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Each week, WFAE's "Morning Edition" hosts get a rundown of the biggest business and development stories from The Charlotte Ledger Business Newsletter.

Community Matters Cafe Serves Up Coffee, Lunch And Hope

There's a new restaurant and cafe near uptown serving up breakfast, lunch, and a dose of hope for the people who work there. Community Matters Cafe opened in April, is run by Charlotte Rescue Mission to help people ease back into the workforce after they finish its residential substance abuse recovery programs.

It's on West First Street, on the other side of Bank of America Stadium from uptown Charlotte. The servers, hosts and baristas all are sober after the four-month recovery program. They're learning not just restaurant tasks, but life skills they need as they return to life on their own - sticking to a schedule, managing money and coping with job stress.

Angela Twiford is one of the students, as they're called.

"I've waited tables, hostessed, prepped in the kitchen. I have not done the pastry yet. I think the lesson it's taught me is that you could still do this. … I am not too old to start over," Twiford said.

She came to Charlotte Rescue Mission after a downward spiral with alcohol and drugs that landed her in a psychiatric hospital. She said she saw no hope. At Community Matters Cafe, she's regained confidence.  

"For me, it's a representation of a new life. It has given me a chance to try to put my life back together. But it's had to come from the ground up," Twiford said. 


The cafe is in a renovated spindle factory on the grounds of the Charlotte Rescue Mission. The work cost more than $2 million, and was paid for by local businesspeople and other private donations.

The idea was to extend the services of the rescue mission.

"A lot of the people that we serve have lost everything due to their addiction. So we're here to help them gain back the skills necessary to start rebuilding their life again. The reason behind why we do this is to restore hope," said spokeswoman Rachel DiBattista.   

Two dozen students have started the four-month training so far. They get a weekly stipend of $25, a $75 meal allowance, health and dental care, and free housing at the Rescue Mission.  

Life skills program director Rita Clyburn said students are chosen carefully.

"Were they already working on change, are they really wanting change? Because over here it's all about behavioral changes, learning new ways to cope with life, you know, without the use of drugs and drinking," Clyburn said.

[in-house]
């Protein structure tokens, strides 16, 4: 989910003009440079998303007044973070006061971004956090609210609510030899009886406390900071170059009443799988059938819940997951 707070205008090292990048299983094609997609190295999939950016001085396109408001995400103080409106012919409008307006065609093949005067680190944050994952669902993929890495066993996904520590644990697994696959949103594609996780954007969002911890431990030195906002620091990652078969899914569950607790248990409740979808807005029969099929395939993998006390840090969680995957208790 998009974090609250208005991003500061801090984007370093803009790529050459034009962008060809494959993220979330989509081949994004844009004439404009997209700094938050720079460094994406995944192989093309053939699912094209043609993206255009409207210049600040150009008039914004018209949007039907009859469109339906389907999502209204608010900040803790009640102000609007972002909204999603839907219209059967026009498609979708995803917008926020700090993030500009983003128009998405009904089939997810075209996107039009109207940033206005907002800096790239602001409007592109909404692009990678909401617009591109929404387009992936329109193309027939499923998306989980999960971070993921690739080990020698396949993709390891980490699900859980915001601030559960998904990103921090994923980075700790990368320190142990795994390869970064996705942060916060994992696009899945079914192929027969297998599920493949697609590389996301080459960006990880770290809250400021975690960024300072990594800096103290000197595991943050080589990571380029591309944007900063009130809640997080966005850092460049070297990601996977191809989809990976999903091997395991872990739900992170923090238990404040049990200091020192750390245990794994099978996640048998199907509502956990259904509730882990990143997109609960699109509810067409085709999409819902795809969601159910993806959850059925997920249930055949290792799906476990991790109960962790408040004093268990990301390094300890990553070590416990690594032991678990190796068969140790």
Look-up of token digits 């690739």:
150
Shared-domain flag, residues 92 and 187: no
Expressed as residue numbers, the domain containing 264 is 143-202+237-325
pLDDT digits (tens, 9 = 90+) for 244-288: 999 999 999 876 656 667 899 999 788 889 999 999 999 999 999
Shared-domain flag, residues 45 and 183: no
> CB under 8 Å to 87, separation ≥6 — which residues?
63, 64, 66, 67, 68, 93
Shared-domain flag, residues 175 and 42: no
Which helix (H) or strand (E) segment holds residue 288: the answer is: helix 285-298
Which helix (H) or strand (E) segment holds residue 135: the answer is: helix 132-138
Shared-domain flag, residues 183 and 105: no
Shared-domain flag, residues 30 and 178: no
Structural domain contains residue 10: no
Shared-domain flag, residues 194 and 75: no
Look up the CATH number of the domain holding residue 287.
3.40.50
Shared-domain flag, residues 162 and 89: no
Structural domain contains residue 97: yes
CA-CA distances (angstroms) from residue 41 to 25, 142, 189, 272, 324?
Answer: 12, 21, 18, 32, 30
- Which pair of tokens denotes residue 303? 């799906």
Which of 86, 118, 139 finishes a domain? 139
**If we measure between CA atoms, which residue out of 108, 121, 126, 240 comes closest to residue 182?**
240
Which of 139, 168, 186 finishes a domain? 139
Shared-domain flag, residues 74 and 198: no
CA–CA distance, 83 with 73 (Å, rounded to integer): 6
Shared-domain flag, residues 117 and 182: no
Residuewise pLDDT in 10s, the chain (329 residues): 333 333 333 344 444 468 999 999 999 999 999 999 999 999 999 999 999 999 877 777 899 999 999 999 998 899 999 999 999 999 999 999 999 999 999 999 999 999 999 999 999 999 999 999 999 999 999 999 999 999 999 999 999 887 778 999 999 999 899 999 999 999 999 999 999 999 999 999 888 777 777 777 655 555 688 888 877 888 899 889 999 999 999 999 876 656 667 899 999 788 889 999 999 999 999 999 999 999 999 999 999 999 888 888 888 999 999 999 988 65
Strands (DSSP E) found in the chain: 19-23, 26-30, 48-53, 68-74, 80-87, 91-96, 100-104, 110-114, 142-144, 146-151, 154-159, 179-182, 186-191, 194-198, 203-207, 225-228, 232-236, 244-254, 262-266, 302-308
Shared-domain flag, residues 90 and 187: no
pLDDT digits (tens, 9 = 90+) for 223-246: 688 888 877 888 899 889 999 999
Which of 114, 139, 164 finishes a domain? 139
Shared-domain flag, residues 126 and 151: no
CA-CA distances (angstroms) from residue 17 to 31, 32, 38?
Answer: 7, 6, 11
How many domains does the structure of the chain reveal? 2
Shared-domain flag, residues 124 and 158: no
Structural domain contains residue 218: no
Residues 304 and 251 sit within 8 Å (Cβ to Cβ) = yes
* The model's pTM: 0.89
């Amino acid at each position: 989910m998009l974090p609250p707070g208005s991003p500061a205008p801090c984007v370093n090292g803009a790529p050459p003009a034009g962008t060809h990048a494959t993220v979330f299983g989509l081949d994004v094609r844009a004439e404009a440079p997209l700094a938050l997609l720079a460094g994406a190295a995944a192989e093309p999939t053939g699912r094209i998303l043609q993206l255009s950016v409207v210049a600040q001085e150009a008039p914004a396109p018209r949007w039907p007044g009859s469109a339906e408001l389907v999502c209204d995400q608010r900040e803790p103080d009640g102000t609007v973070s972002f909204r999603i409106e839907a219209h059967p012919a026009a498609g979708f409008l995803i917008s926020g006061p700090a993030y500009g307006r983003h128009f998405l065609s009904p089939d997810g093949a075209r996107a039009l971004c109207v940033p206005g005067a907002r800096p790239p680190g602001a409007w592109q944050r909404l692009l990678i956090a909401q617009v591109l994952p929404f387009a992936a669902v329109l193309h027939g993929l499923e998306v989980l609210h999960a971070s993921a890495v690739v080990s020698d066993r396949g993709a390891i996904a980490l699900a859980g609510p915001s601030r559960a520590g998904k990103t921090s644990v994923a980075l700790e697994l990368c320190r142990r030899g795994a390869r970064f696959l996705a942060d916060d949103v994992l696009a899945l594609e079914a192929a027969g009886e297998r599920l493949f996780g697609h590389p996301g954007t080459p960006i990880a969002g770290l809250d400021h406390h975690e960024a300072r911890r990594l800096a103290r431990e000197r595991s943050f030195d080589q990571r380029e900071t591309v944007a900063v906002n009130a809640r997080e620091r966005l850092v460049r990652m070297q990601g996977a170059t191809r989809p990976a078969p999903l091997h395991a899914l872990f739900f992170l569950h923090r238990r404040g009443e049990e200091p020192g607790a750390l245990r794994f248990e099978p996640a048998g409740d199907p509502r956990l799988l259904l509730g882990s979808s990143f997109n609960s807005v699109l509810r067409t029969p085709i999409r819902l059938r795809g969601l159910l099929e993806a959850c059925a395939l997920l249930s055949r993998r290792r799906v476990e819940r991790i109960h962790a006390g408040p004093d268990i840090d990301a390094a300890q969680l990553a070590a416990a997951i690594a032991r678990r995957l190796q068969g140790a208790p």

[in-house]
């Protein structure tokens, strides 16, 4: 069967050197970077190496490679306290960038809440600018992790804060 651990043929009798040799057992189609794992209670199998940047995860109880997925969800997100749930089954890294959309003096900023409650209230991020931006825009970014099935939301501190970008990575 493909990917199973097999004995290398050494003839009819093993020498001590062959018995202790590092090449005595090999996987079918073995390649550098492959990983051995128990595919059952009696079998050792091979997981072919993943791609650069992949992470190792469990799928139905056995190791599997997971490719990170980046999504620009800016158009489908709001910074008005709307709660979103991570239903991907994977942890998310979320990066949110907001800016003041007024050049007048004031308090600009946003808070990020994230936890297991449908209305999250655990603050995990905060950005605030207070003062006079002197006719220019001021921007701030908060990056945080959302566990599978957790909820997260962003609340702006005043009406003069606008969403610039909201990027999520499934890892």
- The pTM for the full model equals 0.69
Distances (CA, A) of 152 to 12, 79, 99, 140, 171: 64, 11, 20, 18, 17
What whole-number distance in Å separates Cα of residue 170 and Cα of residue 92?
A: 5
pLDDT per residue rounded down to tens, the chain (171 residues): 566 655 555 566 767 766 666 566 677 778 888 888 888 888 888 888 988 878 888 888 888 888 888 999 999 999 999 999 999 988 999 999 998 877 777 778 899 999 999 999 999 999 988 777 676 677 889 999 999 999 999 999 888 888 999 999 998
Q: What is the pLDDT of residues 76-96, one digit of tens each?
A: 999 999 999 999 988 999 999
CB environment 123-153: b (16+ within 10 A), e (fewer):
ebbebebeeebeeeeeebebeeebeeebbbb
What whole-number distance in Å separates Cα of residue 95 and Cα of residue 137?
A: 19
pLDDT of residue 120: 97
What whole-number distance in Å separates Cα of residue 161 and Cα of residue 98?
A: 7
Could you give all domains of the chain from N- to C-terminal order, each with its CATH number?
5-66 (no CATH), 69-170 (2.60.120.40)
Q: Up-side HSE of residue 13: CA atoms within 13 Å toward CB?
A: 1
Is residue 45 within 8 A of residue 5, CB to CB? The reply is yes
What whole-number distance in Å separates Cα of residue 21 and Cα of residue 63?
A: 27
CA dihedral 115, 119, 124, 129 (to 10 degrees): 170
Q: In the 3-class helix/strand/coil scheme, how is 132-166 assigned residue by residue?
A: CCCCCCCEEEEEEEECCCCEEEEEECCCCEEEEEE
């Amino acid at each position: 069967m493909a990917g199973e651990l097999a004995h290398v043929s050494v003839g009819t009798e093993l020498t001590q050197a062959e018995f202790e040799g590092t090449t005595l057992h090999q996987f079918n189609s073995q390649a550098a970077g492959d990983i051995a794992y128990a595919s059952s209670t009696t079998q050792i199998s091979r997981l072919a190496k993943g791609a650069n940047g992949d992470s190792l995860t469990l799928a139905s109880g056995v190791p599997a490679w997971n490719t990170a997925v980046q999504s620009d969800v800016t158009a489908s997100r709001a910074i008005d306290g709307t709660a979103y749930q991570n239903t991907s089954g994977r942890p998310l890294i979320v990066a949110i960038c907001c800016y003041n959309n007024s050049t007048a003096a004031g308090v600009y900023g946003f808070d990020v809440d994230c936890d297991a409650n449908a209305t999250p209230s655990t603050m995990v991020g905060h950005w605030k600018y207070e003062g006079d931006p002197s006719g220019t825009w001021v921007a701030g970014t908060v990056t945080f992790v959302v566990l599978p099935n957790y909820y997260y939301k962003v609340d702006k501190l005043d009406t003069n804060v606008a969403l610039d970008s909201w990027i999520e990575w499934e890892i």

Clyburn said the first group 11 students has already graduated and found jobs - many in food service.

"They all are successfully employed, have safe housing. The life skills are the main part that we focus on, on teaching them to keep the jobs. 'Cause they can get jobs, now we want them to keep them," she said.  

The program doesn't end there. Clyburn said she stays in touch with students for at least six months after they graduate and start new jobs.

Ed Price helped start up the operation.  He worked previously at a similar program on Charlotte's east side, called Project 658, where training for recovering substance abusers is based around a catering service.

The menu at Community Matters includes pancakes and eggs, pulled pork and chicken salad sandwiches, salads, and espresso drinks.

"The idea for the restaurant from the beginning was to create something that was excellent. Not to create grilled cheese, cold soup, and folding tables and chairs," Price said.  

The cafe is managed by a professional staff - including a pastry chef - all hired for their expertise in food service. Here, they're called instructors - which captures their dual role of not just overseeing the work, but helping their students navigate on-the-job relationships.

Executive Chef Nick Kepp said teaching is a big part of any kitchen. But at Community Matters, there's more. When a conflict simmered between two students recently, it was up to him to get them through it.

"You find out that another life skill that's reinforced here is leaving the outside when you clock in," Kepp said.


In a month and a half, Angela Twiford will graduate from the program. She's thinking about what she'd like to do: something working with people - maybe arranging flowers at a grocery store or a desk job helping people schedule appointments.

And outside of work?  

"The two things I'm looking forward to the most are a bathtub and an oven to cook in," she said, laughing happily.  

Twiford said she knows she can make it, because she's got the people at Community Matters Cafe behind her to help in her new life.  


Community Matters Cafe website, http://communitymatterscafe.com/

David Boraks is a veteran journalist who covers climate change for WFAE. See more at www.wfae.org/climate-news. He also has covered housing and homelessness, energy and the environment, transportation and business.